University of Minnesota-led research shows HIV rapidly emerges from multiple anatomic sites in long-term treated patients who interrupt therapy
Today’s human immunodeficiency virus (HIV) drugs can help patients live better and longer, but cannot yet, unfortunately, cure. University of Minnesota-led research published today in the Proceedings of the National Academy of Sciences (PNAS), helps shed additional light on why that might be.
The new research finds that multiple variants of the HIV can be found emerging from lymphatic tissues when therapy is interrupted. This was found even among patients who had been on therapy for more than 10 years. The finding shows that the “reservoir” of HIV infection in these patients is much larger and more complex than previously thought, which has significant implications for strategies that might be used to cure the infection.
Lymphatic tissues are part of the body’s immune system, and work to fight bacteria and other potential health risks and include the lymph nodes, spleen and special tissues in the gut. HIV’s significant potential to kill comes from its ability to overwhelm and essentially shut down the immune system, causing AIDS and resulting in the body’s inability to fight off infectious disease.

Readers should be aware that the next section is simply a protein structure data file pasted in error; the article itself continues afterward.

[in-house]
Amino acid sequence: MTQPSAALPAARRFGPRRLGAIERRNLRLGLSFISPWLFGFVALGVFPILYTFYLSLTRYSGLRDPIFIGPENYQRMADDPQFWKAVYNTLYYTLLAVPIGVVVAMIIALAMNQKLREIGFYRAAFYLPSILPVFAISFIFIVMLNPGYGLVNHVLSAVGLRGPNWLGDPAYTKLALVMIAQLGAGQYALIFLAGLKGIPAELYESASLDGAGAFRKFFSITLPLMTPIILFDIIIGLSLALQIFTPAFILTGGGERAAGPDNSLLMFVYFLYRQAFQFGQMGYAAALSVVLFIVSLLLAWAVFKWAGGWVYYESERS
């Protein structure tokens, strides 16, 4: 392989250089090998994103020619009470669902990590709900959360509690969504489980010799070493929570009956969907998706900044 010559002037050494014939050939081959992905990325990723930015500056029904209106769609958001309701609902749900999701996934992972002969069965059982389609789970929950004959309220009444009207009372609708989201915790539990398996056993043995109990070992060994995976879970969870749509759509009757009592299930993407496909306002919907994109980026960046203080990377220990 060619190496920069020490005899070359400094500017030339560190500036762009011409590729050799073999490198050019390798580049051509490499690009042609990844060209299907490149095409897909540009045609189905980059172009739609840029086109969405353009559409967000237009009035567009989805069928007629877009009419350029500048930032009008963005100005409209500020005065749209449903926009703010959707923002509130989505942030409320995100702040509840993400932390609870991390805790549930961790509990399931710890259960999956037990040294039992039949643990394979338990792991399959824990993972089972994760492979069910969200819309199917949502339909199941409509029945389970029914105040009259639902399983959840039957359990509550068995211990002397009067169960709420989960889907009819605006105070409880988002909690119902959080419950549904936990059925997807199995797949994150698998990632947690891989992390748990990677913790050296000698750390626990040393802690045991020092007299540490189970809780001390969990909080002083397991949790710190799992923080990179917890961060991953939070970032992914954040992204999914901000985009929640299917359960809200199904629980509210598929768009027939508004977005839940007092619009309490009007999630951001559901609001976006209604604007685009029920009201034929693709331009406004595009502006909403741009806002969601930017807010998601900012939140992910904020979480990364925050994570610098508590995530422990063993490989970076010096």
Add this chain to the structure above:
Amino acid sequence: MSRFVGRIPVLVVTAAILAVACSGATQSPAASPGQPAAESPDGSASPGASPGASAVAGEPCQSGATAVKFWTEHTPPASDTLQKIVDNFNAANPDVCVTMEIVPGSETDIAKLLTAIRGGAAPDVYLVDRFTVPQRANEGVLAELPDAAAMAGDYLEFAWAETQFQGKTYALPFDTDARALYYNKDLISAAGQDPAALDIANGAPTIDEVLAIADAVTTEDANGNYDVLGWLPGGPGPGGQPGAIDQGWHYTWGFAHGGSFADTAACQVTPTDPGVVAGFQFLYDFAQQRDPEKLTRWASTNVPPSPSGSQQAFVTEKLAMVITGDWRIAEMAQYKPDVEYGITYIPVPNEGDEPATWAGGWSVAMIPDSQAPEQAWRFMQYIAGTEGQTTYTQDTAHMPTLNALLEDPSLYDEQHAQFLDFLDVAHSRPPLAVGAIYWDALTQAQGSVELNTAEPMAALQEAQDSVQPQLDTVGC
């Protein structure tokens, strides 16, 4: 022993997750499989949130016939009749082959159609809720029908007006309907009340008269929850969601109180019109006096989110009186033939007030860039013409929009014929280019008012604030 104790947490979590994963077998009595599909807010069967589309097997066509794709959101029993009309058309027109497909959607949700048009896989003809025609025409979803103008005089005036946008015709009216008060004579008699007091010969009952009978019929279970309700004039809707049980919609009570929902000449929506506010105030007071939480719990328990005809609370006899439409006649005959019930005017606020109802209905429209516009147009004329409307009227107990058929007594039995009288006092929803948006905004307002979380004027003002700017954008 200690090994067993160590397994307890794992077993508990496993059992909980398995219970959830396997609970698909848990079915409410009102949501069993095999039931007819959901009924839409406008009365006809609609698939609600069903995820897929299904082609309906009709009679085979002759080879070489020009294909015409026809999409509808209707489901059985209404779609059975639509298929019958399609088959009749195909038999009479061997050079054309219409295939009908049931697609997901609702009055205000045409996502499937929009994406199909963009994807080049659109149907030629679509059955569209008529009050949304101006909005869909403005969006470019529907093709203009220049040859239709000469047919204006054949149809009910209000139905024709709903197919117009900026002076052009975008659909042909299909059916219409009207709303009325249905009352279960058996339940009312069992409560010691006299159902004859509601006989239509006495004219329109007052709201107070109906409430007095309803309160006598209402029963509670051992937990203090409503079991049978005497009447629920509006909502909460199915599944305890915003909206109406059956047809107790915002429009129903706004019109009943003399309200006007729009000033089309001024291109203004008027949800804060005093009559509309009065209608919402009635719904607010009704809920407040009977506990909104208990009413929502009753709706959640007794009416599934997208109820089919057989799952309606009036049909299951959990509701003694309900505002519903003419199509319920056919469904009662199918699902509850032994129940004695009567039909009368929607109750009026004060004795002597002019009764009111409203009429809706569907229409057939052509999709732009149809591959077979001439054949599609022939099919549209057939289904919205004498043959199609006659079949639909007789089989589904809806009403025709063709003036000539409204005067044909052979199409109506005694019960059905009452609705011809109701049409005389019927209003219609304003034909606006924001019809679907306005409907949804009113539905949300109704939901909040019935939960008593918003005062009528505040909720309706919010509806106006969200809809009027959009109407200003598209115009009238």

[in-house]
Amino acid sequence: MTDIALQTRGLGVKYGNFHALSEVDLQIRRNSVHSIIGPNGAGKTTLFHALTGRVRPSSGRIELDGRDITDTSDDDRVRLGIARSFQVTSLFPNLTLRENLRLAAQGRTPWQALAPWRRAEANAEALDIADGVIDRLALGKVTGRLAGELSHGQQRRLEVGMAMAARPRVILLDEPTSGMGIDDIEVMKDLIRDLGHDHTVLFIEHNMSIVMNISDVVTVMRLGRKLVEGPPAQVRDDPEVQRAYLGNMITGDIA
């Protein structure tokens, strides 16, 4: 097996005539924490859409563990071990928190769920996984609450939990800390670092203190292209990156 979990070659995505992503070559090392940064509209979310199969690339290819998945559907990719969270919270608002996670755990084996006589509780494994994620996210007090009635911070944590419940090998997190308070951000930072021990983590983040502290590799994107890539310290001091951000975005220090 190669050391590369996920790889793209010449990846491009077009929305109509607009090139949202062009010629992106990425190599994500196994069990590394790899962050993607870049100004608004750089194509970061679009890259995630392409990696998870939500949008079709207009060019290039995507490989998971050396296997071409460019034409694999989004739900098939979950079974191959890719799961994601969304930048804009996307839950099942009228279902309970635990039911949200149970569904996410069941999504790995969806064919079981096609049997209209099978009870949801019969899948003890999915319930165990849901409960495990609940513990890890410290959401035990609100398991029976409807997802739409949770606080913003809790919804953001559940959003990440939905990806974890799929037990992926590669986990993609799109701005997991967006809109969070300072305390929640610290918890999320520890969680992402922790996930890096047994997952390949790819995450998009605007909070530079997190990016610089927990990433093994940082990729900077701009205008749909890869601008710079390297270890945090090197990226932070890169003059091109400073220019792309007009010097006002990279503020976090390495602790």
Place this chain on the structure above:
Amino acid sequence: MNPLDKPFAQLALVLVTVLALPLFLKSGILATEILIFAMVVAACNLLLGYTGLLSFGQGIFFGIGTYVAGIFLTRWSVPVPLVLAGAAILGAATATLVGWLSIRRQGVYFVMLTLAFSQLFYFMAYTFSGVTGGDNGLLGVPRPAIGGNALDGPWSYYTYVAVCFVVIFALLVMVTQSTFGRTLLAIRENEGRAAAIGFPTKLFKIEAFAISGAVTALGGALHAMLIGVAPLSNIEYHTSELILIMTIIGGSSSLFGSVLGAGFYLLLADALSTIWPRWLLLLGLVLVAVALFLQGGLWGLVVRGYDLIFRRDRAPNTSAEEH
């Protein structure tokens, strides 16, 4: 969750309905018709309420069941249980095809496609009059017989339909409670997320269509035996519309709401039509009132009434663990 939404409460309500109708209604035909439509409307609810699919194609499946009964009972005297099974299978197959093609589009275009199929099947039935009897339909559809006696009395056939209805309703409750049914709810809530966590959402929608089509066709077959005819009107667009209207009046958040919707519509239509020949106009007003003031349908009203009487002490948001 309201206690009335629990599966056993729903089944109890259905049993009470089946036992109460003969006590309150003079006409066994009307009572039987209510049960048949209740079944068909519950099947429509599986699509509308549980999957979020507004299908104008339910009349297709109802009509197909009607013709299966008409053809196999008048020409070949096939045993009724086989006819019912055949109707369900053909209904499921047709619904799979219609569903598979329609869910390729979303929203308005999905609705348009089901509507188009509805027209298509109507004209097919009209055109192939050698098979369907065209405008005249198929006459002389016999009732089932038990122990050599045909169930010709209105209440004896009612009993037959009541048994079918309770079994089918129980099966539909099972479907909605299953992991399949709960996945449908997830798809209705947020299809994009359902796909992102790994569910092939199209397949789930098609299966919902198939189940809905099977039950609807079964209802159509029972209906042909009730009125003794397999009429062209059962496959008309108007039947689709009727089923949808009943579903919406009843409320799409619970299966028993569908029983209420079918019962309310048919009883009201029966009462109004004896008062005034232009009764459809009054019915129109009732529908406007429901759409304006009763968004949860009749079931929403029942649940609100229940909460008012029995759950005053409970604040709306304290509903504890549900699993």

Previous research released from the University of Minnesota and University of Nebraska Medical Center in January 2014 found drugs used to treat HIV poorly penetrate lymphatic tissues where most HIV replication takes place. This, the authors argued, may be part of the challenge to curing HIV.
“Current thinking is that one or a few latently infected cells can replenish the infection and keep it going over the life of the patient,” said lead investigator and University of Minnesota infectious disease expert Timothy Schacker, M.D., a specialist in HIV and AIDS-related treatment and research. “What this research tells us is that, because the infection rapidly emerges from multiple sites and cells right after treatment is interrupted, current drugs can suppress the virus but can’t really eliminate the infection. It is almost like the current therapies are just keeping a lid on it.”
To achieve their research findings, study authors briefly stopped antiretroviral treatments in 14 immunosuppressed patients and measured the time until the virus was again found in the blood and from where in the body the virus emerged.
Schacker and collaborators continue to work on strategies to more fully suppress virus replication in an effort to reduce this reservoir so that if therapy is interrupted, the virus will not emerge.
Fourteen University of Minnesota authors from a variety of disciplines, in addition to national collaborators, teamed up to help address the complex questions involved in this research. Funding was provided by the National Institutes of Health (NIH) grant no. P01AI074340, and by federal funds from NIH contract HHSN261200800001E.